Kovac established himself as a modern jazz player during an era when that label designated styles such as swing and bebop. More importantly, it was the middle of the Second World War. Gigs took place on an underground basis; the original meaning of this concept was that only the Gestapo and their informants weren't supposed to know about it. Kovac came up with his first arrangements at such shows, working with a bandleader named Paul von Beky, who somehow managed to keep a large orchestra going throughout the mayhem. Kovac was still a teenager when this and his own combos began working, but it was hardly the beginnings of his musical activities.
He had begun piano lessons at six, clarinet at 13. From 1935 through 1938 he was a member of the Vienna Boys' Choir and remains one of the few instrumentalists listed in international jazz reference works who can make such a claim. During the war he played for an audience that included Jews on the run, soldiers on official as well as unofficial leave from their units, and locals with their eyes cocked for secret police. Among the military swingers was saxophonist Hans Koller, a follower not of the Third Reich but of Lee Konitz.
Kovac and Koller began working together, their impulses toward playing pure forms of jazz at odds with the sway of public taste once life in Vienna began getting back to normal. Kovac followed Koller out of the country looking for appropriate gigs. They really didn't have to go very far, finding opportunities in both the film and broadcast mediums as well as concert venues on the considerably larger German jazz scene. The MPS label, associated with one of the largest tape manufacturers in the world, had plenty of resources with which to document the eventual turn toward progressive jazz stylings, most notably the electric jazz and fusion of the '60s and '70s. Trip to the Mars from 1964 is without a doubt this artist's most unique venture, credited to the Orchester Roland Kovac and featuring a style some have described as "science-fiction jazz." The Roland Kovac New Set came along in the early '70s, basically a collaboration between Kovac and guitarist Siegfried "Sigi" Schwab.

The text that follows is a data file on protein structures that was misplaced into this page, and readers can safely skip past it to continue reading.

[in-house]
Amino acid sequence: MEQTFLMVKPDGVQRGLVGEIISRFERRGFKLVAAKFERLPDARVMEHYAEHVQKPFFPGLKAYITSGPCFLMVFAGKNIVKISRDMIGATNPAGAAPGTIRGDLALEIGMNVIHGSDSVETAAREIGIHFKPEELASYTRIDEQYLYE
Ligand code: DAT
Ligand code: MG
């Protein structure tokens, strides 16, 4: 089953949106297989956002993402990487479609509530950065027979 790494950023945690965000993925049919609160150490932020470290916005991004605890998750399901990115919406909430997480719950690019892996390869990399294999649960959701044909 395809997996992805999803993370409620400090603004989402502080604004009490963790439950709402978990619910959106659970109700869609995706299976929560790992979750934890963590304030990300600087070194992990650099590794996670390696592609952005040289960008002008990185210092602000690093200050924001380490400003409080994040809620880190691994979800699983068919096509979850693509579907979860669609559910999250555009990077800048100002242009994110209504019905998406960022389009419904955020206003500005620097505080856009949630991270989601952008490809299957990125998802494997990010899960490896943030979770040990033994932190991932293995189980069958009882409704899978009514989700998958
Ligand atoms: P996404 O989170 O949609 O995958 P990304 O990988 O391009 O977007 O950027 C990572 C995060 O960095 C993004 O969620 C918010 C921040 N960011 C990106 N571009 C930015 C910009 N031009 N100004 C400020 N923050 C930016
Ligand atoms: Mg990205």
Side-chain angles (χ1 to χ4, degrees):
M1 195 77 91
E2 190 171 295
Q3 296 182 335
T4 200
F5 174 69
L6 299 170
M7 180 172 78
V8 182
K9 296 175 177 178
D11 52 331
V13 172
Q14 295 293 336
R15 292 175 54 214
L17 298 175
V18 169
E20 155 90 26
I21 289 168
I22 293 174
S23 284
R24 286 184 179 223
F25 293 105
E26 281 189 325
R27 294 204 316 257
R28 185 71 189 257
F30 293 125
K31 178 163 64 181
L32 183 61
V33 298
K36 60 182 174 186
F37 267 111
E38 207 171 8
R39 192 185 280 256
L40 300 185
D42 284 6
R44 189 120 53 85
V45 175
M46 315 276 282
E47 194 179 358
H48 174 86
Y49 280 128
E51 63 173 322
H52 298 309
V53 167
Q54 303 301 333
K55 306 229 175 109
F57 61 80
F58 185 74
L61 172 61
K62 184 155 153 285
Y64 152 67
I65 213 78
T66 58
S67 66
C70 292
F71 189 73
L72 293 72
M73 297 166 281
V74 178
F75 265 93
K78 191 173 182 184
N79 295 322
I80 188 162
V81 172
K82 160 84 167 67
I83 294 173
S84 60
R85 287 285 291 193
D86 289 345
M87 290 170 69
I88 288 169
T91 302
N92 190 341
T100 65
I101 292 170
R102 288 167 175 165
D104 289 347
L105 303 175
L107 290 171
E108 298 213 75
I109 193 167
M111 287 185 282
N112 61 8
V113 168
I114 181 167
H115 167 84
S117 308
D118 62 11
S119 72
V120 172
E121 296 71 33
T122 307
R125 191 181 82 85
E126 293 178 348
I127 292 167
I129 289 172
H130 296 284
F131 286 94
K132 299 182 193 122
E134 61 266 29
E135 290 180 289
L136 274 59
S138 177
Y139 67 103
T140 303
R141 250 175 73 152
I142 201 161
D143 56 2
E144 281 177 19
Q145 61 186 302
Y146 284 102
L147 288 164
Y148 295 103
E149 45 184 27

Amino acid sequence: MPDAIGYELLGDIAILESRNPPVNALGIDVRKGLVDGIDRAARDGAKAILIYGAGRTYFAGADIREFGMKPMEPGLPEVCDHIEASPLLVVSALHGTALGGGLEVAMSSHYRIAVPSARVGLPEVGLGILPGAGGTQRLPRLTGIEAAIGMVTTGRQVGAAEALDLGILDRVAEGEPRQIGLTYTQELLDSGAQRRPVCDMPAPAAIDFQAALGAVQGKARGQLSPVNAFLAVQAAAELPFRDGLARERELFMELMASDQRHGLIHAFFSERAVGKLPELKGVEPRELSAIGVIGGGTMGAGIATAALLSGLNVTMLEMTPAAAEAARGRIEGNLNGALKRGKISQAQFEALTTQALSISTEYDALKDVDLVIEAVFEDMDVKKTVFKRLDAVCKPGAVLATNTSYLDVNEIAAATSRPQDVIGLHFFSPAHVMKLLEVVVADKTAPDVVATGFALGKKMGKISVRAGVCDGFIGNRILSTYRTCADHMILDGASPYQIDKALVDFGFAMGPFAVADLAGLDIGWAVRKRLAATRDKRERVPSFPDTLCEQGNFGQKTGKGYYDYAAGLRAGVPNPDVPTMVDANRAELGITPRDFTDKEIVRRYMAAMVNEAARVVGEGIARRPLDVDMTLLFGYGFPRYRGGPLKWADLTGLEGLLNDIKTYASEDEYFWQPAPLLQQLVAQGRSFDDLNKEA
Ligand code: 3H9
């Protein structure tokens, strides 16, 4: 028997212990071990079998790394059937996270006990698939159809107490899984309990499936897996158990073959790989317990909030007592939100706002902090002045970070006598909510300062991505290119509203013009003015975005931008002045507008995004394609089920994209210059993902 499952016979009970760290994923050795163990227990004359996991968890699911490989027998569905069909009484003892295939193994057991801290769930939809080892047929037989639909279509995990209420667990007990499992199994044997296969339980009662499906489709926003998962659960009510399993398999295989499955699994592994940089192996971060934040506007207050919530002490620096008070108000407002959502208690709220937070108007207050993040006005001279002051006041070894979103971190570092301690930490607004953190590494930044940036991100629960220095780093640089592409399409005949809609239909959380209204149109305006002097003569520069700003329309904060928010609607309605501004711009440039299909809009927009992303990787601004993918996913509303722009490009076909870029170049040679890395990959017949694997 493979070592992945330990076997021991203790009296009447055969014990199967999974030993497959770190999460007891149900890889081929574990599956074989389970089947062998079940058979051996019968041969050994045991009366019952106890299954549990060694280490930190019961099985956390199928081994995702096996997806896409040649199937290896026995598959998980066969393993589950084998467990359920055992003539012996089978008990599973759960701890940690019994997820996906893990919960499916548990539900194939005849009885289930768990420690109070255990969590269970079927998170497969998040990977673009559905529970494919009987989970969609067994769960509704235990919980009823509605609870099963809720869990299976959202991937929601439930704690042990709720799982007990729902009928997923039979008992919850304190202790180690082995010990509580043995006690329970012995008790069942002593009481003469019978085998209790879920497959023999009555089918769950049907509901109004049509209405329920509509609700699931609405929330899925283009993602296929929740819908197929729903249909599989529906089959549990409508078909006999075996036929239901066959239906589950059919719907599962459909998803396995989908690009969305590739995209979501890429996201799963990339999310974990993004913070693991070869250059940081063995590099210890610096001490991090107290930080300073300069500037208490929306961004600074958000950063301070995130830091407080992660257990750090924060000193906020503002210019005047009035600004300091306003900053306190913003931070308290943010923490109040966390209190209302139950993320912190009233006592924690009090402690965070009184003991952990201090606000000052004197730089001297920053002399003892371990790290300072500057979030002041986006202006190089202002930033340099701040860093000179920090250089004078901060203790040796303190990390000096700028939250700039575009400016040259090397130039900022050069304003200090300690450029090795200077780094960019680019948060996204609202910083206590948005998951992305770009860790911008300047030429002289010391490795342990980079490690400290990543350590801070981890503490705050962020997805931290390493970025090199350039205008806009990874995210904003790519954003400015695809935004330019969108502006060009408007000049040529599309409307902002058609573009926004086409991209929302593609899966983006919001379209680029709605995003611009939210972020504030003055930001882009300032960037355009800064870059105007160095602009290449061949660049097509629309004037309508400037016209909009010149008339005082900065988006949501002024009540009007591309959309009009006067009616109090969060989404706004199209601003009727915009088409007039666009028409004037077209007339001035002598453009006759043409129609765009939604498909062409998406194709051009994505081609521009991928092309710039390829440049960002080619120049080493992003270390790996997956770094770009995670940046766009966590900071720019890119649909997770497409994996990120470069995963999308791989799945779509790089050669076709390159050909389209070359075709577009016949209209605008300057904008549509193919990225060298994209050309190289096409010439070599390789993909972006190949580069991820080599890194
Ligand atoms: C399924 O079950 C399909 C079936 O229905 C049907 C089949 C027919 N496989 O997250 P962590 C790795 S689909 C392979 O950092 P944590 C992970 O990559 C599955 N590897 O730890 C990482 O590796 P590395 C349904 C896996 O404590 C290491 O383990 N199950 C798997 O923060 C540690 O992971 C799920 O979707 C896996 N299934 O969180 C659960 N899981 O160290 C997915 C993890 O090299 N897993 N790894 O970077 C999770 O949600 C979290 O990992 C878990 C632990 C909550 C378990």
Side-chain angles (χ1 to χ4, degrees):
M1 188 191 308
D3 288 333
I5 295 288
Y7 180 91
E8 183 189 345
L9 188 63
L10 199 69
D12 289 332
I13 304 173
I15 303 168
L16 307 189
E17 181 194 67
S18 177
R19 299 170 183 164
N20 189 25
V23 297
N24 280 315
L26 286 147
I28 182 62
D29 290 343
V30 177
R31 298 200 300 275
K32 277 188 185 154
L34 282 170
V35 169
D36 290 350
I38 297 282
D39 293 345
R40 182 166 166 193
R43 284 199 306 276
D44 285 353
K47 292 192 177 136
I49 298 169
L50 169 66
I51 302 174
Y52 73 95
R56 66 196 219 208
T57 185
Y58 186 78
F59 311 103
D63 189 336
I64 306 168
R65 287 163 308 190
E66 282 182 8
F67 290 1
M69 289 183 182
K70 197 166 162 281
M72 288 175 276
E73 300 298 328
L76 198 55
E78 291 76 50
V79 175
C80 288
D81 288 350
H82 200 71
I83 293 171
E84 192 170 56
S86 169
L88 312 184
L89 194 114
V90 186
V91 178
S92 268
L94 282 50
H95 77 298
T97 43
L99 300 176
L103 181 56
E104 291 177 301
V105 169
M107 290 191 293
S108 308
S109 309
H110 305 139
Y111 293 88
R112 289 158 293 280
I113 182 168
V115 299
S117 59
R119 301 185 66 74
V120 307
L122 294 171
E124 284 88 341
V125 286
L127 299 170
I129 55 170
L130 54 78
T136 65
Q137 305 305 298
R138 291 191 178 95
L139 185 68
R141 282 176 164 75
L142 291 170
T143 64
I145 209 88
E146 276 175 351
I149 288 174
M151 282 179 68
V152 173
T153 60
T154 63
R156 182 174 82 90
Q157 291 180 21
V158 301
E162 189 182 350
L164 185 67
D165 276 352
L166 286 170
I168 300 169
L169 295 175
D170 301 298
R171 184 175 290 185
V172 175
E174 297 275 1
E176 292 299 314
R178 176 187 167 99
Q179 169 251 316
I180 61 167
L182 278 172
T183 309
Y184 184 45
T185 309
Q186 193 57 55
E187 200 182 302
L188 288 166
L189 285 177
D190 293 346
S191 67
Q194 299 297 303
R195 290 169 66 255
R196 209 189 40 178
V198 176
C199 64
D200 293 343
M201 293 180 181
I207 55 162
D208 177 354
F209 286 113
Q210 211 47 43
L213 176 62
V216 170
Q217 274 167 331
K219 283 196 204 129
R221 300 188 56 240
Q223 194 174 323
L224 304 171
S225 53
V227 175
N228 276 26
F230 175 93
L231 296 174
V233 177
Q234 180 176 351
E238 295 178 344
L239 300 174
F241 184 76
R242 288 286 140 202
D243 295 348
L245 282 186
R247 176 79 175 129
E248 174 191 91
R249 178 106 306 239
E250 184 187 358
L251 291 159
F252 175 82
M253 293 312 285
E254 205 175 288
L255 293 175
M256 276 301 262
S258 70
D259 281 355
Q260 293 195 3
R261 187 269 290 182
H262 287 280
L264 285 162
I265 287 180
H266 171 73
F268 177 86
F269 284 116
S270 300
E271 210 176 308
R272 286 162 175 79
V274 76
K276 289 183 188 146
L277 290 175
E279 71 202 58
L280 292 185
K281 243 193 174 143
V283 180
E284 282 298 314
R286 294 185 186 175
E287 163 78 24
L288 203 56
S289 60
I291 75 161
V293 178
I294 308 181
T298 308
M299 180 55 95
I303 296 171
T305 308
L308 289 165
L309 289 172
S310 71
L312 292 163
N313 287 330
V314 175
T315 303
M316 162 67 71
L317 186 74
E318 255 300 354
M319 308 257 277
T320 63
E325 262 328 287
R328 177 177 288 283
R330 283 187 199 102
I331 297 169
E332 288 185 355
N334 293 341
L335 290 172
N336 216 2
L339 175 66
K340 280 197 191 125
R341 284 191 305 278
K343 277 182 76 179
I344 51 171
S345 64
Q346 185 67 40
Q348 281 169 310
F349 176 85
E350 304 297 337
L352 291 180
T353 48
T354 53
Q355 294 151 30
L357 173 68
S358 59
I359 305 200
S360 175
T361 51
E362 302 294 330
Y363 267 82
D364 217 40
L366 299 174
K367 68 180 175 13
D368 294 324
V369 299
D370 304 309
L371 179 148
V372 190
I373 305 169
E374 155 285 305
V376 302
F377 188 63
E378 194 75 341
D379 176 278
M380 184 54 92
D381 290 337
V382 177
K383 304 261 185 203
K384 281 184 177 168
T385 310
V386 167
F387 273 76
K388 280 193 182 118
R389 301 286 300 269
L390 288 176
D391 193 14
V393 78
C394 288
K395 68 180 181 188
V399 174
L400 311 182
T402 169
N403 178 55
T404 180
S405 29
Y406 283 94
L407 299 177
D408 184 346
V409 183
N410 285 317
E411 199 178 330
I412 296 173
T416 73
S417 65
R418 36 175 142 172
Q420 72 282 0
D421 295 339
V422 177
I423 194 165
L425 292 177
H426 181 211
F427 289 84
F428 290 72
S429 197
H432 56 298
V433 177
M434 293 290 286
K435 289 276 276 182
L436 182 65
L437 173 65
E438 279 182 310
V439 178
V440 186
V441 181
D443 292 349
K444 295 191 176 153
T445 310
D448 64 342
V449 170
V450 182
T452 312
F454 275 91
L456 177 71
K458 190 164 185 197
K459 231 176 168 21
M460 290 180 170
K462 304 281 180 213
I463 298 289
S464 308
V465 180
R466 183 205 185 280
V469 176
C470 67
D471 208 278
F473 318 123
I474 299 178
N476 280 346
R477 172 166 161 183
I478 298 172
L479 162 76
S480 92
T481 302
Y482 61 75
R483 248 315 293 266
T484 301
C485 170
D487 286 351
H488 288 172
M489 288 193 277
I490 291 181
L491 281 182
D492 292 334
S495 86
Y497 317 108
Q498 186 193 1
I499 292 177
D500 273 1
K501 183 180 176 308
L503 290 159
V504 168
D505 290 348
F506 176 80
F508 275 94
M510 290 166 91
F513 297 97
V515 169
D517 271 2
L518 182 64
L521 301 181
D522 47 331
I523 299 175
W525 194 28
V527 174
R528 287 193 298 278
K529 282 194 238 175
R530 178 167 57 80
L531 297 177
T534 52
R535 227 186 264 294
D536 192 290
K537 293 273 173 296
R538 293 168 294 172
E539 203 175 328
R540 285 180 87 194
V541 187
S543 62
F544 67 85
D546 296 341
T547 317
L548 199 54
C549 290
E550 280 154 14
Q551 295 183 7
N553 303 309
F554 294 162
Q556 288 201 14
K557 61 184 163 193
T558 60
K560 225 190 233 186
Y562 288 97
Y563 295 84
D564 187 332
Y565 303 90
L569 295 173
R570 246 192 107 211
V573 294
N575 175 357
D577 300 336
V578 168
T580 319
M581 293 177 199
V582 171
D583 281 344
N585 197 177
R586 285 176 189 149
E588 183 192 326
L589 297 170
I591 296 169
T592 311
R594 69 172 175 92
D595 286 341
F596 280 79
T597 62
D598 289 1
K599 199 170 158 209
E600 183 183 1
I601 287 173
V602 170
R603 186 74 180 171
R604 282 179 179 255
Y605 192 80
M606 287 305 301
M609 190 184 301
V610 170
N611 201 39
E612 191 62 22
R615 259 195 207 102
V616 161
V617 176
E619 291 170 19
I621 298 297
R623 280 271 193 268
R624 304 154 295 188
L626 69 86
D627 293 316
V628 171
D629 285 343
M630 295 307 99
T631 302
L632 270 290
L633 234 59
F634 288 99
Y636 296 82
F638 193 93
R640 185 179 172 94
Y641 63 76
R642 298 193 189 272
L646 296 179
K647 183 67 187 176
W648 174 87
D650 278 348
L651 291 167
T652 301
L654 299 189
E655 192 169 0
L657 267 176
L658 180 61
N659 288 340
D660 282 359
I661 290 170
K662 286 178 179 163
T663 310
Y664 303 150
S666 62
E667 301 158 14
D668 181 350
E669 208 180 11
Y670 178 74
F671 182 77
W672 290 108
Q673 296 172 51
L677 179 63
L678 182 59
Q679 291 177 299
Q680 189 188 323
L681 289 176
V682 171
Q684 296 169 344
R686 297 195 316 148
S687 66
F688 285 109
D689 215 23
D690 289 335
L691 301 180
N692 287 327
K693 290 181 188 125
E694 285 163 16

The latter used his fuzzbox in an eventually shortfall attempt to drown out first drummer Charly Antolini, then Keith Fisher. Keyboardist Brian Auger, no slouch, joined in on the second of this group's efforts. In 1981 Kovac recorded Piano Symphony -- Selected Sound 92 for the Deutsche Austrophon imprint. ~ Eugene Chadbourne, All Music Guide Read more on Last.fm.
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